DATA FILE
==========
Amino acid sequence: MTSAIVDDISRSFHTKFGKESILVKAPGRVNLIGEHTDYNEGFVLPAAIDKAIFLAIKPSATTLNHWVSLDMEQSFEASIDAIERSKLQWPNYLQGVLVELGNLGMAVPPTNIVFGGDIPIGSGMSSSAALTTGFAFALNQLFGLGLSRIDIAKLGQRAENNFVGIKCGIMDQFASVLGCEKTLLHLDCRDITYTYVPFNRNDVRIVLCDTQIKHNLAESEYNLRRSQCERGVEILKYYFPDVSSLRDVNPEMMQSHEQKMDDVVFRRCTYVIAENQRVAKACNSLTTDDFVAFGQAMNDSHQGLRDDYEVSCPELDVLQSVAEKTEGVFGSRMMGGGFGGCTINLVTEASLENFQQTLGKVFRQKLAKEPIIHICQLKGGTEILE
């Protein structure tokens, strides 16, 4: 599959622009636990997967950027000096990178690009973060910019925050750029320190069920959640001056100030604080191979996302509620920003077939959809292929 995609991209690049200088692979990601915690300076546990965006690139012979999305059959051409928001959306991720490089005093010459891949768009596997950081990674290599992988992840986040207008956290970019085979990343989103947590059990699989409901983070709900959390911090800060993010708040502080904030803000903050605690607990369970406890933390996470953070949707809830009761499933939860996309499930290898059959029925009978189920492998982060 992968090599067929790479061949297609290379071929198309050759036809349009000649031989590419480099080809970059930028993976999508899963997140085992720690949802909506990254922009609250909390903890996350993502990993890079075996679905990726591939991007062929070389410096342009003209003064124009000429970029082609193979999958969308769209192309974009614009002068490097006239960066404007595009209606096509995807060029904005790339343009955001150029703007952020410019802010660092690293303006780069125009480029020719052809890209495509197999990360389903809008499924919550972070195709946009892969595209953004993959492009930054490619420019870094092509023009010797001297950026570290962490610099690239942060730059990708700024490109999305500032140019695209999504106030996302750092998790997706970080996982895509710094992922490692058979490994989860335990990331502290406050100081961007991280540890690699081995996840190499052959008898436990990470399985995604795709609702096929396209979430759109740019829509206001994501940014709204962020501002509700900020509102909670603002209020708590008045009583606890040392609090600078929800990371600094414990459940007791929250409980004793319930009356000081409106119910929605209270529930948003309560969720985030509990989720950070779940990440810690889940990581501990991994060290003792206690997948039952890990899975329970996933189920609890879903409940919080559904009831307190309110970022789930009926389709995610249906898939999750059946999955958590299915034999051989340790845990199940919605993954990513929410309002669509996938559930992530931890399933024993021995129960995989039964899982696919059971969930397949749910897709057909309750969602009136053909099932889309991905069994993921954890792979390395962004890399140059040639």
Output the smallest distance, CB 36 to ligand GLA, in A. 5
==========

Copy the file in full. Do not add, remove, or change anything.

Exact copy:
Amino acid sequence: MTSAIVDDISRSFHTKFGKESILVKAPGRVNLIGEHTDYNEGFVLPAAIDKAIFLAIKPSATTLNHWVSLDMEQSFEASIDAIERSKLQWPNYLQGVLVELGNLGMAVPPTNIVFGGDIPIGSGMSSSAALTTGFAFALNQLFGLGLSRIDIAKLGQRAENNFVGIKCGIMDQFASVLGCEKTLLHLDCRDITYTYVPFNRNDVRIVLCDTQIKHNLAESEYNLRRSQCERGVEILKYYFPDVSSLRDVNPEMMQSHEQKMDDVVFRRCTYVIAENQRVAKACNSLTTDDFVAFGQAMNDSHQGLRDDYEVSCPELDVLQSVAEKTEGVFGSRMMGGGFGGCTINLVTEASLENFQQTLGKVFRQKLAKEPIIHICQLKGGTEILE
């Protein structure tokens, strides 16, 4: 599959622009636990997967950027000096990178690009973060910019925050750029320190069920959640001056100030604080191979996302509620920003077939959809292929 995609991209690049200088692979990601915690300076546990965006690139012979999305059959051409928001959306991720490089005093010459891949768009596997950081990674290599992988992840986040207008956290970019085979990343989103947590059990699989409901983070709900959390911090800060993010708040502080904030803000903050605690607990369970406890933390996470953070949707809830009761499933939860996309499930290898059959029925009978189920492998982060 992968090599067929790479061949297609290379071929198309050759036809349009000649031989590419480099080809970059930028993976999508899963997140085992720690949802909506990254922009609250909390903890996350993502990993890079075996679905990726591939991007062929070389410096342009003209003064124009000429970029082609193979999958969308769209192309974009614009002068490097006239960066404007595009209606096509995807060029904005790339343009955001150029703007952020410019802010660092690293303006780069125009480029020719052809890209495509197999990360389903809008499924919550972070195709946009892969595209953004993959492009930054490619420019870094092509023009010797001297950026570290962490610099690239942060730059990708700024490109999305500032140019695209999504106030996302750092998790997706970080996982895509710094992922490692058979490994989860335990990331502290406050100081961007991280540890690699081995996840190499052959008898436990990470399985995604795709609702096929396209979430759109740019829509206001994501940014709204962020501002509700900020509102909670603002209020708590008045009583606890040392609090600078929800990371600094414990459940007791929250409980004793319930009356000081409106119910929605209270529930948003309560969720985030509990989720950070779940990440810690889940990581501990991994060290003792206690997948039952890990899975329970996933189920609890879903409940919080559904009831307190309110970022789930009926389709995610249906898939999750059946999955958590299915034999051989340790845990199940919605993954990513929410309002669509996938559930992530931890399933024993021995129960995989039964899982696919059971969930397949749910897709057909309750969602009136053909099932889309991905069994993921954890792979390395962004890399140059040639």
Output the smallest distance, CB 36 to ligand GLA, in A. 5